Criticism in the Internet Age

Recently Time Out New York published a special feature on the future of criticism. An assortment of critics, most of them fairly well known (at least locally), opined about the future of criticism in a universe overrun with bloggers. Music critic Alex Ross put it well:

Each [print and online] has its advantages and limitations; together they form a comprehensive picture. I adopt somewhat different styles on my blog and in The New Yorker; I enjoy the distinctions, and I believe it’s a mistake for print publications to try to sound “bloggy” or for blogs to ramble on at magazine length.

He’s right, but the matter goes deeper than style. This may sound counterintuitive, but serious criticism is not fundamentally about opinions. Criticism uses some earthly phenomenon – a work of art or scholarship, a trend, a political or social argument – as a starting point for an exploration of a matter (or matters) whose importance goes beyond the qualities of the material at hand. Endeavoring to shed some trace of new and persuasive light on something, the critic provides a lens, a focal point, for the collective public intellect. And because its ostensible subjects – the music and movies, the politics, the pop-psychology – interest large segments of the general public, criticism is the most important such focal point we have.

Always a fragile creature, the public intellect is presently under fresh assault from various fundamentalisms, pseudosciences, and abuses of power. While nothing new, these anti-thinking forces are potently aligned today, with Western culture under threat from a “foreign” and more violent fundamentalism than its own and from the consequent overreactions on the home front.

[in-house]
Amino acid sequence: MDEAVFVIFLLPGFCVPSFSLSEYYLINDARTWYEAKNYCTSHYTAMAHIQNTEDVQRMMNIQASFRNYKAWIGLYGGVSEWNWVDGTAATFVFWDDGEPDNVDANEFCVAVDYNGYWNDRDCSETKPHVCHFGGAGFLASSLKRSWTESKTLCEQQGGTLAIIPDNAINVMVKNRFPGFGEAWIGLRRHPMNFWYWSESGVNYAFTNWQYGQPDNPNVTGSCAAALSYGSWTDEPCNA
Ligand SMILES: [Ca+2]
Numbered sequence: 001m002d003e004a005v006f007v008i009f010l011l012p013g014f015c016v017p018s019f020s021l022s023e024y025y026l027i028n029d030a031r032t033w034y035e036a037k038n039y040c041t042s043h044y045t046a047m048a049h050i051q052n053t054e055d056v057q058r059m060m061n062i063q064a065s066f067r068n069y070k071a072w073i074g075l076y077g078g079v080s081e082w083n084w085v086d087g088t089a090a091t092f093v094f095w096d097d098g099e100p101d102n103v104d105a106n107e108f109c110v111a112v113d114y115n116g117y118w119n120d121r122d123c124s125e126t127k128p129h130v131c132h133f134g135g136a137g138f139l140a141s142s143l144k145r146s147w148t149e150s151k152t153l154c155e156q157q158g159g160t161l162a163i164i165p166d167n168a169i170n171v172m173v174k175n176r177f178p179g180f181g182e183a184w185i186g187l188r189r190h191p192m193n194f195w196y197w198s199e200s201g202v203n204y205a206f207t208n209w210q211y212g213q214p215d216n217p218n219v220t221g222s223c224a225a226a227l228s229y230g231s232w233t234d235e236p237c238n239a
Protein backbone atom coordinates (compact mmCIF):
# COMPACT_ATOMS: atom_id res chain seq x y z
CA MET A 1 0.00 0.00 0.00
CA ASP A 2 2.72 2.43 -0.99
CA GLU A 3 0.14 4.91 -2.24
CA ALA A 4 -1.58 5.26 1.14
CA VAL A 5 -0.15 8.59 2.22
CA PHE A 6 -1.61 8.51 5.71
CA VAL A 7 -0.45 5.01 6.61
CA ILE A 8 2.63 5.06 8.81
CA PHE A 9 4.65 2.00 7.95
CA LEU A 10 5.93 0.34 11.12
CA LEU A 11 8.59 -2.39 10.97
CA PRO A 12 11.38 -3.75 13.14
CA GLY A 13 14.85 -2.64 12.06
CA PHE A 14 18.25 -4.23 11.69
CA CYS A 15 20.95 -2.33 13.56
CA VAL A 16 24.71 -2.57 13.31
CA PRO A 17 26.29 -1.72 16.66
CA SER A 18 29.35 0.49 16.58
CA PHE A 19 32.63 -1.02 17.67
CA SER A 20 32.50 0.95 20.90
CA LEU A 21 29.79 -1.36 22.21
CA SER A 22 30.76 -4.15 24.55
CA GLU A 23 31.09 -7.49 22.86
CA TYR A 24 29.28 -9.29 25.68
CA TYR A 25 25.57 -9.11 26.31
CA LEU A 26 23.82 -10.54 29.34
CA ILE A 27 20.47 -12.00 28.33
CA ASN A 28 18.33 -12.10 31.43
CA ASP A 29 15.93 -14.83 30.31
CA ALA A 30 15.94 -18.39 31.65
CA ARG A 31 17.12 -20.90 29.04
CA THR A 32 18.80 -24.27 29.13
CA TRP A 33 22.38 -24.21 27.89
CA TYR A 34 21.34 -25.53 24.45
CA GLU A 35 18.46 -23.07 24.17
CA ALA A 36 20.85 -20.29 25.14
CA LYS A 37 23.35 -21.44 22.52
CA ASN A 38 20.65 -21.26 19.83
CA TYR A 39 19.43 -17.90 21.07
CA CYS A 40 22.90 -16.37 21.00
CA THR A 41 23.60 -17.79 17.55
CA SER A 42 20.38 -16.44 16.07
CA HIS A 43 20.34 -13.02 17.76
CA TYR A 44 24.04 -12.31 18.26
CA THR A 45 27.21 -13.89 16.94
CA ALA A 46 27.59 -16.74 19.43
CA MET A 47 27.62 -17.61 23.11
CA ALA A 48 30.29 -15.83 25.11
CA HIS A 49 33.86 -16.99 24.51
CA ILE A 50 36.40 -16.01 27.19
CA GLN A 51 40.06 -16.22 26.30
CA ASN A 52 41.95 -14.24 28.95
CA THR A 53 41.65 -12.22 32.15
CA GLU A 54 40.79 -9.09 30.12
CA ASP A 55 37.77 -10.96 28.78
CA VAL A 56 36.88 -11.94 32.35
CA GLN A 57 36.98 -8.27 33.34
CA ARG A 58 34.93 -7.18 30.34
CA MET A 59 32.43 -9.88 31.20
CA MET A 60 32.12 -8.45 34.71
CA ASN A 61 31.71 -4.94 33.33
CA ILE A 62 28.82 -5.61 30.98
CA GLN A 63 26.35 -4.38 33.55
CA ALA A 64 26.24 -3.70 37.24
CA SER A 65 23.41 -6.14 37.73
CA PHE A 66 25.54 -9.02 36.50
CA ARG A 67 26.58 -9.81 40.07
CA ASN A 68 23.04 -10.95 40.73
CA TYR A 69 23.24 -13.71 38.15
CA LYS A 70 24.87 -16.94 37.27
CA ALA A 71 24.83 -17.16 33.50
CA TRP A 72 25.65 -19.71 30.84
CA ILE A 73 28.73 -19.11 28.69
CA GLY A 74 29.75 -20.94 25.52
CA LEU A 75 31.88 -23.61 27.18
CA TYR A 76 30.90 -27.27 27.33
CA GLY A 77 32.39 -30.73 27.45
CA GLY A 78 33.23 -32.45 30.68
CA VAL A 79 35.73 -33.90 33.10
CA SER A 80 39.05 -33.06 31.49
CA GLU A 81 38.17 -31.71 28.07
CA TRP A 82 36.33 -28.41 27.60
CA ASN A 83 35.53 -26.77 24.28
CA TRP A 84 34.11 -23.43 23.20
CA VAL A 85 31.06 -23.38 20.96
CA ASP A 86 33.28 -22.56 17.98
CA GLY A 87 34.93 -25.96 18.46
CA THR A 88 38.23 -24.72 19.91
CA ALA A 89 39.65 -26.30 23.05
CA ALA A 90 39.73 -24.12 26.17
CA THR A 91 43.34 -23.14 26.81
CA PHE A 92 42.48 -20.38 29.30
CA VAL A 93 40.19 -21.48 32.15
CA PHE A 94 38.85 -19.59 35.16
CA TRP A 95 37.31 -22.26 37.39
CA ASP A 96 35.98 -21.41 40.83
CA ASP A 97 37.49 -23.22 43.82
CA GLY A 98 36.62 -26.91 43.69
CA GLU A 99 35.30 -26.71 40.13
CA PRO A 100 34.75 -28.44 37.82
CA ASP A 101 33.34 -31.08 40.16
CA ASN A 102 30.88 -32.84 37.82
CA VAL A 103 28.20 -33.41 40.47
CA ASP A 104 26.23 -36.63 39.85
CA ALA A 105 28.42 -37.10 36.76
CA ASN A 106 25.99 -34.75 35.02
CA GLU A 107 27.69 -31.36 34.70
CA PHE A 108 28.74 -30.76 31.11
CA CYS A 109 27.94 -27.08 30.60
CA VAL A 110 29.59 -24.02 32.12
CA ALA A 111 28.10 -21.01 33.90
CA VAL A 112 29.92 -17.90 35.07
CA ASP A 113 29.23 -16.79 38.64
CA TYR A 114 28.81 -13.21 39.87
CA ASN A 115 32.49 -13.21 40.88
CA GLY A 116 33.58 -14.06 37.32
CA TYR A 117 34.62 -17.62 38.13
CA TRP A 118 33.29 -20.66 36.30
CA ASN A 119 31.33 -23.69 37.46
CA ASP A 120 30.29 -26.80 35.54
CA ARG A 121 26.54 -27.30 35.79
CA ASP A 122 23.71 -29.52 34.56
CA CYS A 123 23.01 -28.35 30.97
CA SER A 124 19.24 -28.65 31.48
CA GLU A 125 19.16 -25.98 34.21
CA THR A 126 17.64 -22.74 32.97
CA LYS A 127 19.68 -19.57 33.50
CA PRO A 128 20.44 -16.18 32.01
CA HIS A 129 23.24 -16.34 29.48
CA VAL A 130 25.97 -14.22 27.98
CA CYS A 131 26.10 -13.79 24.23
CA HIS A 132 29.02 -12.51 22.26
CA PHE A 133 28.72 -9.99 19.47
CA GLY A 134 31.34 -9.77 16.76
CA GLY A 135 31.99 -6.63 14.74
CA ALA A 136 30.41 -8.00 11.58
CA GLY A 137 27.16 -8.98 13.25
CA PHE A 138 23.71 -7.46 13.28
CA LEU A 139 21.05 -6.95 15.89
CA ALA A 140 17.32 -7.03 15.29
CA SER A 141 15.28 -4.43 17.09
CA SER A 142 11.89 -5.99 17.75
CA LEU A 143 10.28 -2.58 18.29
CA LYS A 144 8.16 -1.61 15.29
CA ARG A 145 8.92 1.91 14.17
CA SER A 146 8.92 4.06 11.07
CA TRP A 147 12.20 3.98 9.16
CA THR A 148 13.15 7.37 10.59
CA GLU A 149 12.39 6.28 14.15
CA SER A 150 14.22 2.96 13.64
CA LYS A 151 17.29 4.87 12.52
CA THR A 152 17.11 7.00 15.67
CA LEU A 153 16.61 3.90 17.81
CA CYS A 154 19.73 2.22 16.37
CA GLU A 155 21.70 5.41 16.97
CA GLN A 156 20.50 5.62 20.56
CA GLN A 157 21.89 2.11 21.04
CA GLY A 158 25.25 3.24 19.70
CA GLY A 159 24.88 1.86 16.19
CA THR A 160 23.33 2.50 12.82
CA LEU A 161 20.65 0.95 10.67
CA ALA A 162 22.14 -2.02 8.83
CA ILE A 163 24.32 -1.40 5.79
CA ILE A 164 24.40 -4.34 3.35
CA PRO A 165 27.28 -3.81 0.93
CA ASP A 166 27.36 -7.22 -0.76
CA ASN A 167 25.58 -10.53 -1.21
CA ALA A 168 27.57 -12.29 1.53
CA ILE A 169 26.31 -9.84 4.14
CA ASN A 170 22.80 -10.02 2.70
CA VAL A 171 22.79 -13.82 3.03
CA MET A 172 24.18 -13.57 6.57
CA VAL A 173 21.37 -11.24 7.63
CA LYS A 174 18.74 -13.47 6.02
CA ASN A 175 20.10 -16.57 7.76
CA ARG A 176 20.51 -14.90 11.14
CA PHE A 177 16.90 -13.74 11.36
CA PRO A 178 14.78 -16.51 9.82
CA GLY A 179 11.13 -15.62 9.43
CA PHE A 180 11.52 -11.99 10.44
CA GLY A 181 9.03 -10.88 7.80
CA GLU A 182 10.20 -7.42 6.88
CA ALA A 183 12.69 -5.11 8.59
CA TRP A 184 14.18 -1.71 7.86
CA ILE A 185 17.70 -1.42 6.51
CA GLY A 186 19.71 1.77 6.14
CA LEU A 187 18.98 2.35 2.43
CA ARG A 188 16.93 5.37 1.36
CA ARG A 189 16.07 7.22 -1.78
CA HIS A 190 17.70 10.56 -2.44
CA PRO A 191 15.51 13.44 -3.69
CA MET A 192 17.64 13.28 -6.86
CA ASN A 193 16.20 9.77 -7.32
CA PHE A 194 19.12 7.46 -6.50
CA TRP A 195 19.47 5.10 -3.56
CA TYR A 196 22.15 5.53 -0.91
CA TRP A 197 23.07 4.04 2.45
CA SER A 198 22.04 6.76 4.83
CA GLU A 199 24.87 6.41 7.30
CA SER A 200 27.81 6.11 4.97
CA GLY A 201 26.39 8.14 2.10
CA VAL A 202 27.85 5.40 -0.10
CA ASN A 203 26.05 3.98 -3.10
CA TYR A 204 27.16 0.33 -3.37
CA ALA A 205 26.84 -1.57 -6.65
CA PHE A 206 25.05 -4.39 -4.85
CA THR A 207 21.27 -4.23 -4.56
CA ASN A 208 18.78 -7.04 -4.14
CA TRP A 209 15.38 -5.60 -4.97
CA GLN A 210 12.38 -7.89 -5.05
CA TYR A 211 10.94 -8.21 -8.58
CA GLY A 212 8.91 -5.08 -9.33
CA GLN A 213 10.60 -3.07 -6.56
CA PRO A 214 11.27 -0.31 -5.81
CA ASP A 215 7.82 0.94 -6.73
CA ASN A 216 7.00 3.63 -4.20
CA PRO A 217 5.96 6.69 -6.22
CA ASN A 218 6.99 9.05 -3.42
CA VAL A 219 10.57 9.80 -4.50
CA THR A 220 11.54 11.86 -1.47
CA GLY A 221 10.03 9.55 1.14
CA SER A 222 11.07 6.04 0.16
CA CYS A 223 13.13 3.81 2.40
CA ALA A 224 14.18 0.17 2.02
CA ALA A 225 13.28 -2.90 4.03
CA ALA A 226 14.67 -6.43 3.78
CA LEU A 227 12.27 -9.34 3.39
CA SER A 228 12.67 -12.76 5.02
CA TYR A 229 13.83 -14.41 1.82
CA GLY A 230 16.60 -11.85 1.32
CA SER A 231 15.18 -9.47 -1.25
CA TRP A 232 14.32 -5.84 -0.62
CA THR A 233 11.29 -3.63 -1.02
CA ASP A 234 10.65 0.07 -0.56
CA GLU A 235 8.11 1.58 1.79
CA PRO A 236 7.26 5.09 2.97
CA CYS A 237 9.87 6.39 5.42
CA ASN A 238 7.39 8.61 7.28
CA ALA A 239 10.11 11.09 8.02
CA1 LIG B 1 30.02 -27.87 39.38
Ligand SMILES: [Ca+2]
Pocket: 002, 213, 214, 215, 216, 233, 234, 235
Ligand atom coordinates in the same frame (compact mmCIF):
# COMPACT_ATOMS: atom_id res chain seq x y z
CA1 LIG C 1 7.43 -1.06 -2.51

The internet is a double-edged sword – while it stimulates thought, it also makes it easy to magnetize large groups of samesayers (hence the Ron Paul phenomenon, among many others). But the internet’s inherently (if imperfectly) democratic nature might end up saving the world. Bloggers, citizen journalists, and enlightened, directed netroots movements are all contributing to a frothing primeval soup of ideas, from which some better-ordered civilizing force has the potential to emerge.

But internet discussion groups and the blogosphere can take us only so far. We need to be able to read, ponder, and discuss in tranquility, bringing our best faculties to bear. Tranquility is one thing the internet cannot provide. (Its very names sound schoolyardish and jumpy… Twitter. Myspace. Flickr. Blog. Feed.) Deeper criticism is a healthy and necessary counterbalance to all the online hustle and bustle. It’s like coming home to a quiet place after dashing through the city streets all day.

That’s not to say serious criticism can’t be found on the internet. Far from it. But it’s the shorter, sharper forms that thrive online. Blogcritics is a perfect example of a web publication that lends itself to this middle ground. Reading a long article, though, is much better done in print. It’s both relaxing and clarifying, something like what scientists theorize is the purpose of sleep – to impose some kind of calm sense upon the day’s maelstrom of chaotic stimuli. If we stop reading (and, of course, writing) any nonfiction that’s too long to comfortably fit in a blog entry, we will lose a crucial part of what makes us productive thinking beings. How can we absorb any nutrients if we don’t digest our food?

Blogging and online socializing, whether casual or intense, probably won’t, and probably can’t, supplant or marginalize serious criticism. Books aren’t going away – they’re more numerous than ever – and print magazines that publish long articles are still churning out the issues. The web is a fount of information, but it can also be a big distraction, and sometimes we need to get away from it.